You don't feel your own cells too. It's simple you always carry them around so why should you feel them. You don't feel the weight of your t-shirt unless you put it on or off because your body most of the time only feels changes in things.


yea_nah448 t1_izgzfhj wrote

That's quite interesting, the biggest struggle I've had while keeping saltwater fish/tanks is the introduction of pests or undesired organisms. I've found they are carried in anything from live rock to coral itself and even pre-mixed salt water.

I've had considerably fewer problems with disease in my saltwater tanks than freshwater and had attributed it to the salinity of the water being a harsher/more hostile environment for parasites, fungal and bacterial infections to propagate and take hold of another organism.

That said, all my corals and fish are captive bred/grown which would likely contribute to the lower frequence of disease in my anecdotal experience.


insankty t1_izhe8z2 wrote

You don’t hear about it, but they’re there. Seafood is heavily controlled when harvested, and during manufacturing because of different viruses and diseases that can be species specific. Google FDA Seafood HACCP for more info


fleurdelisan t1_izhietr wrote

Cholera is caused by certain strains of a bacterium that attaches itself to the shells of saltwater/freshwater shellfish! At one point it mutated and gained the ability to latch itself onto our stomach lining in the same way, and voila! Cholera.


memographer110 t1_izhjine wrote

If anything, it's quite the opposite: water, especially salt water, is a paradise for viruses. It's estimated that something like a quarter of all cells that die on Earth are bacteria in the ocean killed by phages. I think maybe what you're sensing is actually more about the rate of human contact: maybe we tend to care less about fish diseases because we'd only really get it from eating uncooked fish (or like, drinking water from a fish tank, which I don't advise).


regular_modern_girl t1_izhwbij wrote

There are also some pretty significant infectious diseases in humans that come from the ocean.

It’s not exactly common, but one of the more disturbing ones I know of off the top of my head is probably Vibrio vulnificans, one of several bacteria known to cause a type of infection that goes by the lovely common name of “flesh-eating disease”, or necrotizing fasciitis to be more technical, which is literally exactly as horrific as it sounds (seriously, I wouldn’t recommend a Google image search). V. vulnificans isn’t nearly as common a cause as culprits like Staphylococcus aureus (especially antibiotic-resistant varieties), and causes a distinct form called “Type II”, but it does uniquely come from exposure to stagnant saline water, which in general isn’t something a lot of people seem to consider as big of a health hazard as they do stagnant freshwater for some reason (maybe due to a mistaken belief that the salt “sterilizes” it or something because it’s a preservative? Who knows), so it’s not always on people’s radar as much when it comes to places you might pick up a horrible disease.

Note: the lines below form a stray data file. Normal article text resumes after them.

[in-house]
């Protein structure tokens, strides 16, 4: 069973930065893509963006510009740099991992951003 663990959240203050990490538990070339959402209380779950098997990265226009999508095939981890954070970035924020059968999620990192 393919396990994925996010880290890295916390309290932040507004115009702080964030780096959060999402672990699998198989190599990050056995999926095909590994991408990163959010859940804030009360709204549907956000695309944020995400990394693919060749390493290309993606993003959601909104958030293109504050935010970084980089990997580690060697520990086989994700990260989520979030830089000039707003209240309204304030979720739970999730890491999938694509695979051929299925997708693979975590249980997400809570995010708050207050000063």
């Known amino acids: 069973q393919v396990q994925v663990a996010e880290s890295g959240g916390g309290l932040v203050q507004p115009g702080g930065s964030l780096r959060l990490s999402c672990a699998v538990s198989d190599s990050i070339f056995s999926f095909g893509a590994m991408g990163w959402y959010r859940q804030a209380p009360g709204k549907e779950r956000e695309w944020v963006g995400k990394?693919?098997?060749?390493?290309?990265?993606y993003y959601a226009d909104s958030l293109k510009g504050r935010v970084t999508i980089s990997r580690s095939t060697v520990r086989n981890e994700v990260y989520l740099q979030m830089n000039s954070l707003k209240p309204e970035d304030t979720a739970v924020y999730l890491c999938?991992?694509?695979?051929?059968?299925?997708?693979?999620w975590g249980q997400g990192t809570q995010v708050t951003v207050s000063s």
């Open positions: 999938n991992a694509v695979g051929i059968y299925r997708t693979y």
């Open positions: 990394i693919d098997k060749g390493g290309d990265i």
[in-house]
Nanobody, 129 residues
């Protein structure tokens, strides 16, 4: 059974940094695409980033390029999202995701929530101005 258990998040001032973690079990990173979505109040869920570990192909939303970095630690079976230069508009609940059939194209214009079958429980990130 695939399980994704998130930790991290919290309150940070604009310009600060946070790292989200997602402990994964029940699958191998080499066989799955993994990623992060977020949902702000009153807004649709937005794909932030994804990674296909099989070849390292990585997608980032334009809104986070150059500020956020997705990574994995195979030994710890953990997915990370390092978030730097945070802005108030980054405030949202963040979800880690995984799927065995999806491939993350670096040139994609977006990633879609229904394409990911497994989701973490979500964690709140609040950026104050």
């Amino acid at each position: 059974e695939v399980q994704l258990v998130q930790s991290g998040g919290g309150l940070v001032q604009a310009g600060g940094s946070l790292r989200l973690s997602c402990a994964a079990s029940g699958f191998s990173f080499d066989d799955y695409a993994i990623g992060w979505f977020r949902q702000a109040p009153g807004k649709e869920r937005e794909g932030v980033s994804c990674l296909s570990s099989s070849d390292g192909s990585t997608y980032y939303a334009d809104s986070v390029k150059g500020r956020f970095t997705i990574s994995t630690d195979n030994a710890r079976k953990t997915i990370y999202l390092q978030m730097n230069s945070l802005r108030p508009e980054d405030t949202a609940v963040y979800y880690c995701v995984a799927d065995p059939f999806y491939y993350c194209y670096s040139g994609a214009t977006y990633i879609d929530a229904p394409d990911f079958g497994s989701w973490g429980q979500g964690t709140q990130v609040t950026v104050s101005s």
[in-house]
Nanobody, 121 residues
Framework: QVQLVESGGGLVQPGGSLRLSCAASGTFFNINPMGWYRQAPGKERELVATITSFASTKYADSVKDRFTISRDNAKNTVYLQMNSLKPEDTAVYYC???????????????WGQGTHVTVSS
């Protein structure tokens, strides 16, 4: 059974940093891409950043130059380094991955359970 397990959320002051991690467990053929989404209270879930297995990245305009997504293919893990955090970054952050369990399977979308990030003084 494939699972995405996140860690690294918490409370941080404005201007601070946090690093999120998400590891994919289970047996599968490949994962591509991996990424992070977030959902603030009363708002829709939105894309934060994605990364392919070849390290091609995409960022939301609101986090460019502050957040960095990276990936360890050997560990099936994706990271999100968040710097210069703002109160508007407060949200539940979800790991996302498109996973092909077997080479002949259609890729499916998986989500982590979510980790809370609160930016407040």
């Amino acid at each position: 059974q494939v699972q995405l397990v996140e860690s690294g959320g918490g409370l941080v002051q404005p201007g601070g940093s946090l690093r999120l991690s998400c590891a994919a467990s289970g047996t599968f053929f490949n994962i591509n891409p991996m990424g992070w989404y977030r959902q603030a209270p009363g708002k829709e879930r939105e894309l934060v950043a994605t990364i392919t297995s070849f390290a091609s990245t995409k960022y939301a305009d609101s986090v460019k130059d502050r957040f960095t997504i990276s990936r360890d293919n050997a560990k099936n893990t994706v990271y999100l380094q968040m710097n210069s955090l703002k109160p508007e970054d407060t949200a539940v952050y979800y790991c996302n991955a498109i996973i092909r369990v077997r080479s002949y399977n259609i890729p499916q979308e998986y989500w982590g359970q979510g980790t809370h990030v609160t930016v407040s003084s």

EmilyU1F984 t1_izi5r6r wrote

It depends. A salt water tank away from the ocean is very unlikely to find accidental contamination from you, your home, etc that‘s compatible with it.

Cause it would be fresh water species you‘d be introducing through unwashed hands etc.

But: it used to be that virtually anything to do with salt water tanks was wild caught/collected. So any time you bought a new thing for your tank, there was a massive risk of contamination.

While fresh water stuff was usually bred in captivity, with much more focus on keeping the tanks clean. Don‘t want your breeding fish/shrimp etc to just die.

So new fish were likely far removed from the wild, and only carrying the more common parasites of captivity.

Rather than introducing lethal bacteria etc that were freshly picked up from the sea.

Since there‘s also much more salt water breeding now, the risk has kinda gone down.

Plus massive operations can test for viral/bacterial DNA in their tanks and quarantine stuff.

But it you were to just take water from a random pond or a random tide pool, the risk of introducing something bad would be about the same on average.

But any random fresh water bacteria/viruses etc likely wouldn‘t survive the halinity of a salt water tank. So a ‚seperated from sea‘ salt water tank would be harder to accidentally contaminate by using say rain water from your backyard tank.


like_a_deaf_elephant t1_izich5a wrote

Well I'm a layman here, but there's the whole debate if viruses are even alive. I'm sure this generalisation is very wrong, but most viruses are fatty capsules of genetic material at the end of the day. They don't really need a host to survive - just to proliferate.


mcr1974 t1_iziu3qe wrote

but then how can they be 10x as many cells and only weight 1-3‰? our own cells much bigger /heavier? edit:thinking about it, it's probably due to non-cell weight like water, minerals etc?


steelcryo t1_izj1l5x wrote

One of the main reasons you don’t hear so much about ocean diseases compared to land based ones is because not many of the ocean ones can spread to humans. They need aquatic environments to survive, so don’t often spread across land to become an issue for humans. Like most things in life, if it doesn’t effect us, we talk about it less.